In the water I swim over to Lila and Pandias. We tread water and – I don’t know why – the subject of death comes up.

Lila tells us: “Once I woke up, had hemorrhaged during the night. There I was, both me and my bedding soaked with blood.”

I gasp. Pandias gapes at her as if he’d never heard the story. Her description of the bloody scene becomes more vivid. She describes the bright red stains on the sheets, on her nightdress. She concludes by saying, “But, do you know what? I felt an enormous sense of well-being. I’m not afraid of death, nor would I suicide for any reason.”

Pandias agrees: “I doubt I’ll ever commit suicide but if one chooses to die by one’s own hand, I’ve been told one must eat a large quantity of good foie gras. Then one must drink a bottle of good champagne, wait one half an hour. Then . . . go into the sea. Either you’ll drown or not.”

Shortly after they bob off, and I go ashore to read. Before I open my book, I look up to see them bobbing across the horizon. They are indistinguishable, one from the other. One is wearing a white sun visor. But which one? I can’t tell. I finish reading and gather up my things from the stony beach. I’m about to walk off and start packing my suitcase, when Jorgos – mask atop his head and a snorkle in hand – stops me in my tracks with an other of his jokes:

“An elderly man was enjoying dinner at a small taverna in the countryside with an elderly woman he’d just begun to date. He remembers the romantic taverna as the place he’d once brought young girls for seduction dinners long, long ago. When the moment would come, he remembers he’d take them behind this taverna, where he’d cozy up to the back fence, pull the girl close and begin to make love.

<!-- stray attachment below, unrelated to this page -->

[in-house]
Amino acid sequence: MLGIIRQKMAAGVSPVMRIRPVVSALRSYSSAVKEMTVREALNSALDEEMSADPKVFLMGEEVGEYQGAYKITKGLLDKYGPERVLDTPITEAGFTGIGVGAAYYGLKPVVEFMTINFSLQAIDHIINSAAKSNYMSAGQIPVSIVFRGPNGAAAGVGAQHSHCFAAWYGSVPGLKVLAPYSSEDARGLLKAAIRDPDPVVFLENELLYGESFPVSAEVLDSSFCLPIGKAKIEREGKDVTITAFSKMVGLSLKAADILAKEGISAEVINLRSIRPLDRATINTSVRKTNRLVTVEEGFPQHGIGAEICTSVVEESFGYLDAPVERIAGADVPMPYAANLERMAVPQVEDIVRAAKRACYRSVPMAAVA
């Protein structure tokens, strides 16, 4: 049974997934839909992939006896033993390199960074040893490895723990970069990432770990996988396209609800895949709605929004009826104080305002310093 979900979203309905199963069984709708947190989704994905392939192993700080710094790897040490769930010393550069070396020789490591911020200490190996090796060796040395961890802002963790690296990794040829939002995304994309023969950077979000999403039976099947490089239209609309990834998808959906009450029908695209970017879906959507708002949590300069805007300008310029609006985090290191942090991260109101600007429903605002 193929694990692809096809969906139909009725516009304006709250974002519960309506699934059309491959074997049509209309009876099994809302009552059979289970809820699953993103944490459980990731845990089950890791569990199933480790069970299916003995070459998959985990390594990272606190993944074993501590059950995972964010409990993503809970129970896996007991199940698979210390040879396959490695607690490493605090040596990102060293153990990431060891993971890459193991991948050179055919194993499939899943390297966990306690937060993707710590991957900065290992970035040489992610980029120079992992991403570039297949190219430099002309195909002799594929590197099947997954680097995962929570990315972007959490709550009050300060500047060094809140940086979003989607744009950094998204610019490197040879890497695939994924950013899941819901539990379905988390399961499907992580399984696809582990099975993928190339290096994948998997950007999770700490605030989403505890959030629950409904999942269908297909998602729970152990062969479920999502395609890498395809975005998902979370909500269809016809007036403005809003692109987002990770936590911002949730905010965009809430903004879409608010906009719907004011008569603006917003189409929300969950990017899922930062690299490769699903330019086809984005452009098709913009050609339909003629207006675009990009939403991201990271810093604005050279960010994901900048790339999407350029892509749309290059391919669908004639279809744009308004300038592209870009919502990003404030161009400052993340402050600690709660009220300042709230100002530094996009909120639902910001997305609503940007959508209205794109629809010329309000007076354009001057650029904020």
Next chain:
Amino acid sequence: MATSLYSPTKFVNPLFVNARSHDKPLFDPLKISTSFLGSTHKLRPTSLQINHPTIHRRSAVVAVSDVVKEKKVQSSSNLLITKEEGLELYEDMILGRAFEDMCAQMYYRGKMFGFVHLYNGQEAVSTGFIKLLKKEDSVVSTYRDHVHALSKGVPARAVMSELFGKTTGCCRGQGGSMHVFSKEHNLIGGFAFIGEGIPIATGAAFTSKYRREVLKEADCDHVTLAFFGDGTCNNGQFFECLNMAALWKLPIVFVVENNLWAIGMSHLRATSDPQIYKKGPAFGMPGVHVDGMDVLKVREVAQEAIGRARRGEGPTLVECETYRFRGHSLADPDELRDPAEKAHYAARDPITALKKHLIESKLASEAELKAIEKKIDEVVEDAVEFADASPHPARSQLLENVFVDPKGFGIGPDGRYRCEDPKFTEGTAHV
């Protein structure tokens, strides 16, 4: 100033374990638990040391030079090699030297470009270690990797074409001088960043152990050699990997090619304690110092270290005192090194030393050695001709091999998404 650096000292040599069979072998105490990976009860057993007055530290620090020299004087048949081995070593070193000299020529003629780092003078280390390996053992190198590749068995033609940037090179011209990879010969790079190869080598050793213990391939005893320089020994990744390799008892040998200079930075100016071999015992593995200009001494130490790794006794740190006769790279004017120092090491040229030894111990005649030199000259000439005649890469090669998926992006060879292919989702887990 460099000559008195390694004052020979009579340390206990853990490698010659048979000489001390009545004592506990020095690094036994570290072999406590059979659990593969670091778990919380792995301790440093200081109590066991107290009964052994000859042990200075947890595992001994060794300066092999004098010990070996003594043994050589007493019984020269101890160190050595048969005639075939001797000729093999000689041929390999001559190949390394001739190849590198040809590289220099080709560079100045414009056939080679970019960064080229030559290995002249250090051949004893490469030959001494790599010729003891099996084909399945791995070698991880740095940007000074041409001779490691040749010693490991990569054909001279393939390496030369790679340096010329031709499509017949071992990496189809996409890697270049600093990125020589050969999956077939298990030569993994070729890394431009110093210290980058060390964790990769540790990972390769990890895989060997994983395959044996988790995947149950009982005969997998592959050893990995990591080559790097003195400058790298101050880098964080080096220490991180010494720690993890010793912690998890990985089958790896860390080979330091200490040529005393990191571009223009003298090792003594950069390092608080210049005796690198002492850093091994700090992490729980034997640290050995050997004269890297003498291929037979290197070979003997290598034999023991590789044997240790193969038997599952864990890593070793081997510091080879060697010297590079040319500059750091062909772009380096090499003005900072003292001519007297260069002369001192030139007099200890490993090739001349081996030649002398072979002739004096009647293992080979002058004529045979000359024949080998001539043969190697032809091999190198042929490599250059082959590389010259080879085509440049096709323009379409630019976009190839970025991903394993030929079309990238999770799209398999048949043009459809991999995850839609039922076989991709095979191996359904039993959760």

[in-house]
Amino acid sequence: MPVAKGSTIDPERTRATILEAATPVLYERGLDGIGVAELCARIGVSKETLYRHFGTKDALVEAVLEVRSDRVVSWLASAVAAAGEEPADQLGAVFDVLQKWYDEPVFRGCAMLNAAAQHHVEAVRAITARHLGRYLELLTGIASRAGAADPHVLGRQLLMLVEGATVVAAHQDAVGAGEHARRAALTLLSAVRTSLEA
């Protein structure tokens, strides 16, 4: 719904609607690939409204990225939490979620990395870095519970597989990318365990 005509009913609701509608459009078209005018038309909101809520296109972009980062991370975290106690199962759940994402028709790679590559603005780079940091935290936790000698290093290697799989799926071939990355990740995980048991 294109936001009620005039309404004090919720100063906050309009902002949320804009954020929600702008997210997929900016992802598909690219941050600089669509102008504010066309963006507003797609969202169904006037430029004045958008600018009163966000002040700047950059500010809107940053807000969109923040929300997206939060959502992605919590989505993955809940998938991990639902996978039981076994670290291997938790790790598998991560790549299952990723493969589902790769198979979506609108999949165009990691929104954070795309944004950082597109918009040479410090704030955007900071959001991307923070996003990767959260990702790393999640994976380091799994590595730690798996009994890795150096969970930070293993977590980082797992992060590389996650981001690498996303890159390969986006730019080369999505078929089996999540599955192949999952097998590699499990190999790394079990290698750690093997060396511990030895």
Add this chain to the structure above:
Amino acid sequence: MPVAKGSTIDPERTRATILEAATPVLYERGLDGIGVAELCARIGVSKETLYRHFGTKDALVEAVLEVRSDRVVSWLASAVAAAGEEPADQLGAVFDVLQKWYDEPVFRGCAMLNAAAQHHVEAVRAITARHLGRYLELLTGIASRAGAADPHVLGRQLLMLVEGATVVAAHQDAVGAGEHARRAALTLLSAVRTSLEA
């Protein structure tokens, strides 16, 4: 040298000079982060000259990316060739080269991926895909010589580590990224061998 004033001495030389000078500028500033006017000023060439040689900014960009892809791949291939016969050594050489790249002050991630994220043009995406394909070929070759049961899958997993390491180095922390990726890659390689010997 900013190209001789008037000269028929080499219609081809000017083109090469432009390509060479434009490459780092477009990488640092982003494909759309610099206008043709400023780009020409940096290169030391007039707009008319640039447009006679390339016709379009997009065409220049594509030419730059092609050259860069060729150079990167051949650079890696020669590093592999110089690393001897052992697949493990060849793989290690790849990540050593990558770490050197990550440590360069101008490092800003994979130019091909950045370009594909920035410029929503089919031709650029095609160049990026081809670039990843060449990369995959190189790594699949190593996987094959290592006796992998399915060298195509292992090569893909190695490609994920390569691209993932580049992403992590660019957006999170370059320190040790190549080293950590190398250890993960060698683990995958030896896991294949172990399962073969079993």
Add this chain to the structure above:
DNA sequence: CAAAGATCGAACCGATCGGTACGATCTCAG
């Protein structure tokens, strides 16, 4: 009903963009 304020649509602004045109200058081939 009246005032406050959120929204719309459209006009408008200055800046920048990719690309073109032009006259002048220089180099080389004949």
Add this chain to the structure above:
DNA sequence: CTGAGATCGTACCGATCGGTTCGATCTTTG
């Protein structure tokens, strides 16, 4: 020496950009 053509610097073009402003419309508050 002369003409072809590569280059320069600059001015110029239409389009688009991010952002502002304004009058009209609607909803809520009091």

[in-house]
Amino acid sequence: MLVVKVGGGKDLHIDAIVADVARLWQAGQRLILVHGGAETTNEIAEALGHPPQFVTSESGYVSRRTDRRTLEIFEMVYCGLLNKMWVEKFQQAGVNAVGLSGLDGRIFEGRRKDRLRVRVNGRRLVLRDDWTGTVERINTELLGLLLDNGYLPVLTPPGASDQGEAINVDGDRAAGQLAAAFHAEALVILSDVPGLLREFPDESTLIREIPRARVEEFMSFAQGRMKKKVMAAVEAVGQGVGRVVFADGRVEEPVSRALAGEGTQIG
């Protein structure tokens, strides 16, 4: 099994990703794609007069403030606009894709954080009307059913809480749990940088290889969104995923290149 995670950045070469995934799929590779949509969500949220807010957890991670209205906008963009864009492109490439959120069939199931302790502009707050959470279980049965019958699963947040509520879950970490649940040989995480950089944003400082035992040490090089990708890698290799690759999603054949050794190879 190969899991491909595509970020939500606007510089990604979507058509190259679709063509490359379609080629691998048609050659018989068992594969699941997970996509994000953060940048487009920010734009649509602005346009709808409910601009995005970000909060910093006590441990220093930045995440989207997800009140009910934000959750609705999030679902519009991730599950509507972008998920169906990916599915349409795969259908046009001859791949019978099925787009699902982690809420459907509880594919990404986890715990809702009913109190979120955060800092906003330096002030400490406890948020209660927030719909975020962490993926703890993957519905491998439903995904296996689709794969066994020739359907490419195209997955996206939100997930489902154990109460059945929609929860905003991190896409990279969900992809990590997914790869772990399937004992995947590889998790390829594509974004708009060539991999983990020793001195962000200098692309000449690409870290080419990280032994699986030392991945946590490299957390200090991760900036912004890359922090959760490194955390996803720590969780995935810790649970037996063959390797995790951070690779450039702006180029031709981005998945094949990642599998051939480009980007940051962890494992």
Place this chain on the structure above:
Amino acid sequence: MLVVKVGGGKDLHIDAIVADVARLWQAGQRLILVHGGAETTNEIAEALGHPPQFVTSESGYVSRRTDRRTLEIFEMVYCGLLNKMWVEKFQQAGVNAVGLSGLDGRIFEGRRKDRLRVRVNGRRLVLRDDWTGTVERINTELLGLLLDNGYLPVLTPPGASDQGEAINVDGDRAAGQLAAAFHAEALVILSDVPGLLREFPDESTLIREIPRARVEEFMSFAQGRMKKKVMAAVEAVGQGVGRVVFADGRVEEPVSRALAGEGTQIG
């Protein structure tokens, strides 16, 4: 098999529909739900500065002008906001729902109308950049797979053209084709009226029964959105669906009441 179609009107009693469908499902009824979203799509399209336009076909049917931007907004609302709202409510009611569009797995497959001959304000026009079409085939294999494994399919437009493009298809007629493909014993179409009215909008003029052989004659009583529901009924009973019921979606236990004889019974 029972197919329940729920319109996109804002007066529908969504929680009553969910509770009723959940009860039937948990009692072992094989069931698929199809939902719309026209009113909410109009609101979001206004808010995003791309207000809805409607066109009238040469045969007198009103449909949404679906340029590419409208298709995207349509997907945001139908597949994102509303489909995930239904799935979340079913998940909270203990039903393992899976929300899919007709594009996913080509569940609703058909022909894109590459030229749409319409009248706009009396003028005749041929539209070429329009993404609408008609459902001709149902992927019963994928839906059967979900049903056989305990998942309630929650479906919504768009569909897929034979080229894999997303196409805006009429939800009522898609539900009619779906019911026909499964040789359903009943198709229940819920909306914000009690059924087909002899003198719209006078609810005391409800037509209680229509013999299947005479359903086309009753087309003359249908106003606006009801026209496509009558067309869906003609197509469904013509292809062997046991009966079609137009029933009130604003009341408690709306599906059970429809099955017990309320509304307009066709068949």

” ‘How about taking a stroll outside into the back with me?’ he invites his date.

“‘That sounds like a good idea,’ she answers.

“There’s a policeman sitting in the next booth listening to all this, and having a chuckle to himself because he knows that out back is where seductions take place.

“‘I’ve got to see these two old-timers trying to have sex,’ he thinks, and follows them outside as they walk haltingly along, leaning on each other for support, aided by walking sticks.

“Finally they get to the back of the taverna that’s full of flowers and trees and make their way to the fence. The old man presses the woman against the fence, puts his arms around her and kisses her deeply. Then he drops his trousers, lifts her skirt and pulls down her panties. Suddenly they erupt into the must furious sex that the watching policeman has ever seen. They are bucking and jumping like eighteen-year-olds. This goes on for about forty minutes! Finally, they both collapse against each other panting. The police man is utterly amazed.

“It takes them about half an hour to recover. Finally the old couple puts their clothes back on. The policeman thinks that what he’s seen was truly amazing; they were going like a speeding train. When the old woman goes off to find the ladies’ room to tidy up, he decides to ask the old man what his secret is.

“‘That was something else!’ he states, and asks, ‘Did you know that’s where all lovers go to make love?’

” ‘Yes,’ he answers, ‘but I haven’t been back here since I was a young man.’

“The policeman gushes, ‘I’m amazed. You must have been having sex for about forty minutes. Tell me please, was there some sort of secret you learned all those years ago?’

“The old man replies, ‘Fifty years ago that wasn’t an electric fence.’ ”

I tell Jorgos I’ll be expecting a new quiver full of jokes when next we meet.

“A little classier, please,” I beg, and climb the stone steps.